Will Making: Blog: Gifts to A Witness – Wiped Out or Salvageable ? – Part 2

When the Wills Estates and Succession Act (WESA) was introduced, it replaced a number of pieces of legislation including the Wills Act. One of the substantial changes was that under the Wills Act, gifts to a witness which were made in a Will was not valid. Section 43 of WESA provides a mechanism for the recipient of a gift to ask the Court for an Order that the gift be upheld.

In part 1 of this series, we discussed the decision of Madame Justice Adair in  Re Estate of Le Gallais,  2017 BCSC 1699. Madame Justice Adair set out the respective positions of the parties (some opposed and some consenting) and then made the following ruling:

[19] I have concluded that the testator, Ms. Le Gallais, did in fact intend to make a gift to Ms. Isherwood.

[20] Ms. Isherwood and Ms. Le Gallais had known one another for about 40 years. In 1994 – so this is in the year before Ms. Le Gallais’ Will was prepared – Ms. Le Gallais   retained Ms. Isherwood to act for Ms. Le Gallais in relation to the legal work associated with Ms. Le Gallais’ mother’s estate.  Ms. Le Gallais was the sole beneficiary under her mother’s estate and inherited about $350,000.

[21] In those circumstances, I think it is reasonable for me to conclude that by the time Ms. Le Gallais executed her Will in January of 1995, she would have had some idea– although not necessarily with respect to the details or the precise scope – but she would have had some idea that there would be legal expense associated with the work that Ms. Isherwood was doing in relation to her mother’s estate.

[22] In that light, in my view, it is reasonable to conclude that Ms. Le Gallais, in executing her own Will in January 1995, would have recognized the probability that there  would be legal expense associated with legal work in relation to her own estate, and that she intended that Ms. Isherwood should be compensated for the legal work done.

[23] There is evidence before me that at the time the will was signed in 1995 and  until she retired, Ms. Le Gallais was a businesswoman.  She worked for almost 40 years for the Bank of Nova Scotia, and I conclude that, given that background, she would have been more than capable of fully appreciating the terms of her own Will which, as I say, was very simply drafted.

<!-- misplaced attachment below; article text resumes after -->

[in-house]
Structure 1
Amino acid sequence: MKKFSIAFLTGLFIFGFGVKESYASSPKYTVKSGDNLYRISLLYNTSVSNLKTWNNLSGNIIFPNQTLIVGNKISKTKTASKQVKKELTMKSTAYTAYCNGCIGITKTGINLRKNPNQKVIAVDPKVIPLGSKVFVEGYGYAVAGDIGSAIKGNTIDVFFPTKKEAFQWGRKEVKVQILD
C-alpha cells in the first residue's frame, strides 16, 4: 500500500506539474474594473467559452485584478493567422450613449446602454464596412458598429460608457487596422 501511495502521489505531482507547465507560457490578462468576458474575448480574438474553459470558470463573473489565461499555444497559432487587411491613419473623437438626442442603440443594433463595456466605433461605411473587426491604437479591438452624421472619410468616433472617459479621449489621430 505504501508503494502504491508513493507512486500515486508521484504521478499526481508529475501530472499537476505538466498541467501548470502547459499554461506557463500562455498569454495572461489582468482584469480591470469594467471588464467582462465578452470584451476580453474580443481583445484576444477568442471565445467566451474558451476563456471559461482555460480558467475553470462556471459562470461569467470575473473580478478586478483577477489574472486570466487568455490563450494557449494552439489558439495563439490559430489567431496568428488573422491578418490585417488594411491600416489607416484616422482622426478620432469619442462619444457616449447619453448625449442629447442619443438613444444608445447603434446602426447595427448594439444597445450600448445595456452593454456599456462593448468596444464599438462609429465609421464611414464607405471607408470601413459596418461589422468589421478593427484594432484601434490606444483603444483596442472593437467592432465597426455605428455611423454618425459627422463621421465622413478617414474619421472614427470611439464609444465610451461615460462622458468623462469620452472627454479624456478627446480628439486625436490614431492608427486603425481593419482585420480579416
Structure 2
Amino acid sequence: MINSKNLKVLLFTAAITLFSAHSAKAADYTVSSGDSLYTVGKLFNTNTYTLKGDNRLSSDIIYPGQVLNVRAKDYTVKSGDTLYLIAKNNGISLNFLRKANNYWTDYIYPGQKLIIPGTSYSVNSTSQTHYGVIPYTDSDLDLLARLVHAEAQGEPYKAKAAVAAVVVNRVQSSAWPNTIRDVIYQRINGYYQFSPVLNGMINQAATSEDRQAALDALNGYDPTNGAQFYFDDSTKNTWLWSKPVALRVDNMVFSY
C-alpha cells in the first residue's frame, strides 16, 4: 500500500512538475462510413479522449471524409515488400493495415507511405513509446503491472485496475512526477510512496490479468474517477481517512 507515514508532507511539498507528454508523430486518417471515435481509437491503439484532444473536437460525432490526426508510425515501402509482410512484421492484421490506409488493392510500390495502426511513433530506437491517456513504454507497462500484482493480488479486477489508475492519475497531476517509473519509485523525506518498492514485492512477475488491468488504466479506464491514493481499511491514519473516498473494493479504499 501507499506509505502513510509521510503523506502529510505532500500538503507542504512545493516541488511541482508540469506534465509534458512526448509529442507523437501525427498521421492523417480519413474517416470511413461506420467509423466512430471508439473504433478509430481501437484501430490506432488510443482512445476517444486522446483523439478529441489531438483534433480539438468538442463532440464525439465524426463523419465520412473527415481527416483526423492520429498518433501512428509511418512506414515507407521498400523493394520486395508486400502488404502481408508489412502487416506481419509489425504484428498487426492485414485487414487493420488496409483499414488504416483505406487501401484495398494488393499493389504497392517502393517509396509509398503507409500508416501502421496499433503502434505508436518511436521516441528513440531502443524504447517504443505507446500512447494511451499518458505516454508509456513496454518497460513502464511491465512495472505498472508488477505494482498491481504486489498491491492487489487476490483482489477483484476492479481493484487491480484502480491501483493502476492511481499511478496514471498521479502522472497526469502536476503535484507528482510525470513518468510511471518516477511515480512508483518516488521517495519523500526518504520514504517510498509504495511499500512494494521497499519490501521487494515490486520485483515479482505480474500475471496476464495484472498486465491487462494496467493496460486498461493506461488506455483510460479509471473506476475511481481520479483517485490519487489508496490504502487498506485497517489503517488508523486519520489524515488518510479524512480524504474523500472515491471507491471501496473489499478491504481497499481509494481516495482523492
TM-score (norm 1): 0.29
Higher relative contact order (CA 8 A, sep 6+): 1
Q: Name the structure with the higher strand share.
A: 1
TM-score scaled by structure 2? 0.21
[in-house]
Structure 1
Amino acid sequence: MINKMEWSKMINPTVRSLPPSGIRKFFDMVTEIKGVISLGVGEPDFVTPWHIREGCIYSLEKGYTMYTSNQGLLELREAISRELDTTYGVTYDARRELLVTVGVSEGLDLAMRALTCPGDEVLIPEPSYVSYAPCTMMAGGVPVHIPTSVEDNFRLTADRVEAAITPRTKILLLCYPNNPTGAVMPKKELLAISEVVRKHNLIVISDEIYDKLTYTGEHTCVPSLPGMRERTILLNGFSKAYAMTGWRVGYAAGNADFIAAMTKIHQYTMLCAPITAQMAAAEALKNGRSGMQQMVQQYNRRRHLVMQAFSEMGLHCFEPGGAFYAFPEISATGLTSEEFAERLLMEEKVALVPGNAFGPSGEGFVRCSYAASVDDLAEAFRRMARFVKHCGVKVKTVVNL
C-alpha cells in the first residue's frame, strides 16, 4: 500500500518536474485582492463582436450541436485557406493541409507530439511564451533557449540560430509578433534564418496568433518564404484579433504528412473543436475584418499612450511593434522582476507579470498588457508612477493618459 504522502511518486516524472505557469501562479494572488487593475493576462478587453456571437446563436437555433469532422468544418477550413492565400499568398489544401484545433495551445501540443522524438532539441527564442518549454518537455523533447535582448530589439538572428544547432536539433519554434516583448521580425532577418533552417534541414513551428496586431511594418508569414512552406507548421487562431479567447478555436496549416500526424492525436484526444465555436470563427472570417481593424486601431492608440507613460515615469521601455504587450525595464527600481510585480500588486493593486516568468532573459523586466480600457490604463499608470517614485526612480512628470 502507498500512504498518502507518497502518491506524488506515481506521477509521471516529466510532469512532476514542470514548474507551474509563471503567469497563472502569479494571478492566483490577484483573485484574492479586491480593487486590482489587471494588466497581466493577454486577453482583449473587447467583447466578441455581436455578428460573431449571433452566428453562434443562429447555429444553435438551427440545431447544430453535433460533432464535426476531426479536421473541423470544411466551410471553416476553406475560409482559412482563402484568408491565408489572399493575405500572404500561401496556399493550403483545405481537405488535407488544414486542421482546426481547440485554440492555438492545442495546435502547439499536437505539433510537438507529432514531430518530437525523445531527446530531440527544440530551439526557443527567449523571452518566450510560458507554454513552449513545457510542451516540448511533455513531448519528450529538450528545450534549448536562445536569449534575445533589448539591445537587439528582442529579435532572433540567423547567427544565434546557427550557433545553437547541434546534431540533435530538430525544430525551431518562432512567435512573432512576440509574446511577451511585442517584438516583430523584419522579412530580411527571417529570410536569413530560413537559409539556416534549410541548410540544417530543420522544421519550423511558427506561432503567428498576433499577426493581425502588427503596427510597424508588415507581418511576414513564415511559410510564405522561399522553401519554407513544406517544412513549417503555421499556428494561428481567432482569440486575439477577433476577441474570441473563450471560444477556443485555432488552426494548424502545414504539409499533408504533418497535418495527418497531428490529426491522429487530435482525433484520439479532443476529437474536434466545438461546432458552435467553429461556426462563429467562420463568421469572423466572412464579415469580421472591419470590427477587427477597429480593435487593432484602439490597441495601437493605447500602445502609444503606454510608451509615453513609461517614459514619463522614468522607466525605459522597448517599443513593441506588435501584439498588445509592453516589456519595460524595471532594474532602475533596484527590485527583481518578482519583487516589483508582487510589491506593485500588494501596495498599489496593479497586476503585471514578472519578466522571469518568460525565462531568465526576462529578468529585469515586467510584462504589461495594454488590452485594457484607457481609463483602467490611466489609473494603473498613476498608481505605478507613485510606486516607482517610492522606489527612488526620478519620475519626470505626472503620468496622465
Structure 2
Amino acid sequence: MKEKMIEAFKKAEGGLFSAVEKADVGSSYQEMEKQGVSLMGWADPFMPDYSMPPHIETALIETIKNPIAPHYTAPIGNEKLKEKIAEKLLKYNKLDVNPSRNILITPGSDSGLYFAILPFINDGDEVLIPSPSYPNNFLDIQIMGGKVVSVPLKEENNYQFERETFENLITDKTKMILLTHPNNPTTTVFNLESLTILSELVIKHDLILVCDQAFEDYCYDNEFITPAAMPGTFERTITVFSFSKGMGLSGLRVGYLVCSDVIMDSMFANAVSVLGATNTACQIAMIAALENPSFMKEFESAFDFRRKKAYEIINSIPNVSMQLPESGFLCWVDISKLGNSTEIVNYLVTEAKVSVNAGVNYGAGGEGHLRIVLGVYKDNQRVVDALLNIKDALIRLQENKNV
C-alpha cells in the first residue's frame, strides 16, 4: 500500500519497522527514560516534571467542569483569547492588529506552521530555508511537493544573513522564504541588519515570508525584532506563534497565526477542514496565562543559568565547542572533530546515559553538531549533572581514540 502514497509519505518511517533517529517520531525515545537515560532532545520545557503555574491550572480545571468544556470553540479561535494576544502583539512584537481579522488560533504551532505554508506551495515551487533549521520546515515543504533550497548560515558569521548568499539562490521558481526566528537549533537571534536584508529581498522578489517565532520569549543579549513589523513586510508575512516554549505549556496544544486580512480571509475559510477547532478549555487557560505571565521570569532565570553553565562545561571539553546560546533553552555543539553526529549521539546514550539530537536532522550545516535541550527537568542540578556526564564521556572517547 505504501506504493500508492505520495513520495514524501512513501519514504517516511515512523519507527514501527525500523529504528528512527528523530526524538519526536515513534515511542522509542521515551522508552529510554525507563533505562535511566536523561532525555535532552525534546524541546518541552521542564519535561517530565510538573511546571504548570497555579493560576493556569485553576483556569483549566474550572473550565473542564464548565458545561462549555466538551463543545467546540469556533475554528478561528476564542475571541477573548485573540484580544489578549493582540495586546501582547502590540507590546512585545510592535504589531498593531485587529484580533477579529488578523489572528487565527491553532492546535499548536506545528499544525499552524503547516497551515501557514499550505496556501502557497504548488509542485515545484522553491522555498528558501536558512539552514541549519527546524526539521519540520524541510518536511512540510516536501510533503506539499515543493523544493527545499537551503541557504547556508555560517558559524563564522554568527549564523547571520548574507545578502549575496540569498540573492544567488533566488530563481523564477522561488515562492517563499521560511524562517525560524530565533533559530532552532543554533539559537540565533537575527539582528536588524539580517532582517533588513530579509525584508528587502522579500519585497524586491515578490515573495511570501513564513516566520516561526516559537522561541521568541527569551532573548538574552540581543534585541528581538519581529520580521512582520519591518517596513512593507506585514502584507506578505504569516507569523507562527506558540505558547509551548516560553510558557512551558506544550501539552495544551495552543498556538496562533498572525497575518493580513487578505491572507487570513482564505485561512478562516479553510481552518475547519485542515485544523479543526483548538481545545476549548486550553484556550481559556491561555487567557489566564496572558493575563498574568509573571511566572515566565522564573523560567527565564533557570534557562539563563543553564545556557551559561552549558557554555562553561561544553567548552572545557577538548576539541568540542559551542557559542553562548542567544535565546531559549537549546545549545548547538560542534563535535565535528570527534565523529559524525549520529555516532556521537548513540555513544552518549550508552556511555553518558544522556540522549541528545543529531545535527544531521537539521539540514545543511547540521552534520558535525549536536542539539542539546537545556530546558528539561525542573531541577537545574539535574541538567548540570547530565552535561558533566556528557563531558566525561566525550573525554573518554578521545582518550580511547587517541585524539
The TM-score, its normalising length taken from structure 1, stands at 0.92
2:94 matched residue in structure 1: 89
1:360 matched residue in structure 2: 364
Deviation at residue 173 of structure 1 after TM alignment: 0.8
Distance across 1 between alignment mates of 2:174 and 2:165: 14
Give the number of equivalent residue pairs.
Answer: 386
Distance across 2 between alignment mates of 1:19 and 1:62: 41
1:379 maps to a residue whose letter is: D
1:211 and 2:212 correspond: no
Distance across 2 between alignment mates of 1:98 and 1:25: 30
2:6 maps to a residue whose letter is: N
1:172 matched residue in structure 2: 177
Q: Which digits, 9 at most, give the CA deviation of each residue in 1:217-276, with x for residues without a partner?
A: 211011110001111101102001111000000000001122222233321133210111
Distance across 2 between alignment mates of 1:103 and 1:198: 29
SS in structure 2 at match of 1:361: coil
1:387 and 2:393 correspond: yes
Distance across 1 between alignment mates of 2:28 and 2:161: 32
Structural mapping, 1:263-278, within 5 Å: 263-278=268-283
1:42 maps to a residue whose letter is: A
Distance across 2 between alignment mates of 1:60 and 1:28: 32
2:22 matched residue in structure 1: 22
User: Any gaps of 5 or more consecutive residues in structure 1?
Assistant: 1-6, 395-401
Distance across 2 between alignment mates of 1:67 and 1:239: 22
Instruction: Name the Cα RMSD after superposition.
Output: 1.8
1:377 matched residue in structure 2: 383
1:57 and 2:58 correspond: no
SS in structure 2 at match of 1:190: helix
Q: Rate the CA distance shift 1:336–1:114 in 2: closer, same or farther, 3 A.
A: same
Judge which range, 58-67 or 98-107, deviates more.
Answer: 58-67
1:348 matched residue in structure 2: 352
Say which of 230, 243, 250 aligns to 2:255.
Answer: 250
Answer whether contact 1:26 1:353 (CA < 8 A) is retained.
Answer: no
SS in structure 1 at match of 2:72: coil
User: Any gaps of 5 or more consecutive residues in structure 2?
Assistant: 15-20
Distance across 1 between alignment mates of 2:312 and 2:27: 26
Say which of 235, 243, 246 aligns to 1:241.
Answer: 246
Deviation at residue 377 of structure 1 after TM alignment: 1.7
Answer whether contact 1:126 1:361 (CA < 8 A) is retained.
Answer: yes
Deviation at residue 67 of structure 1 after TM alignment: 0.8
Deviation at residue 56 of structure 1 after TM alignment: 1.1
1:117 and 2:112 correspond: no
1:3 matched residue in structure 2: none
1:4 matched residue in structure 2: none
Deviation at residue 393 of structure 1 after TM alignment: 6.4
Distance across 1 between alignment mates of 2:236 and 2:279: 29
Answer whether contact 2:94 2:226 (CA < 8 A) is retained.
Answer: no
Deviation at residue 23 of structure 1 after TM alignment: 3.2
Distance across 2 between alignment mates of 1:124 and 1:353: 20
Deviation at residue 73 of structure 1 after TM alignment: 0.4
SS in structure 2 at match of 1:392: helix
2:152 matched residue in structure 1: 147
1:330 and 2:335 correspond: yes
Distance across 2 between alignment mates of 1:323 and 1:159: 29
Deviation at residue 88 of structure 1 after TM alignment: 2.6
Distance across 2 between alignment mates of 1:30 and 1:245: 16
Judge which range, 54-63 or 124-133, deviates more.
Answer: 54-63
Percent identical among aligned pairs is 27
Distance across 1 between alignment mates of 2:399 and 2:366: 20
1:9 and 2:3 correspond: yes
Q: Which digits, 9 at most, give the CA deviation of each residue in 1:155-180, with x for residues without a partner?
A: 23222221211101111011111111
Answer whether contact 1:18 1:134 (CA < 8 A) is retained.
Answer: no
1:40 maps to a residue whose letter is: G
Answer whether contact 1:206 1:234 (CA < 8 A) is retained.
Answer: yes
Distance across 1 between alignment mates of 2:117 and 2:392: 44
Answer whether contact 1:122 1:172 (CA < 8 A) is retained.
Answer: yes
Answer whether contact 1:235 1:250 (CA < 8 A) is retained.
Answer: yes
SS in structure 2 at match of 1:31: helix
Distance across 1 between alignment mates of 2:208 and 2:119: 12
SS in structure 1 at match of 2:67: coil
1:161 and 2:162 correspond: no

[24] Based on Ms. Isherwood’s evidence, at the time the Will was signed, it was read to Ms. Le Gallais and she had no questions in relation to the contents of the Will.

[25]  During submissions this morning by Ms. Newman – and I am not sure that this was the intention – but it almost seemed that the submission was to the effect that Ms. Isherwood was drafting the Will without any input from her client.  There is certainly no  basis in the evidence for me to conclude that, and, in fact, I would conclude the opposite, that Ms. Isherwood drafted the Will based on the instructions that she received from Ms. Le Gallais.

[26] After the Will was signed, Ms. Le Gallais and Ms. Isherwood continued their relationship and, in the last few years of Ms. Le Gallais’ life, Ms. Isherwood took on more responsibility for dealing with Ms. Le Gallais’ property and affairs and, among other things, was appointed by Ms. Le Gallais to act as her power of attorney.  In my view, that illustrates the trust and confidence that Ms. Le Gallais imposed in Ms. Isherwood and provides further support for my conclusion that, by the Charging Clause,  Ms. Le Gallais intended to make a gift.

If you are involved in Estate Litigation involving gifts to a witness or anything else, contact the Kushner Law Group today to schedule a consultation.

Similar Posts

Comments are closed.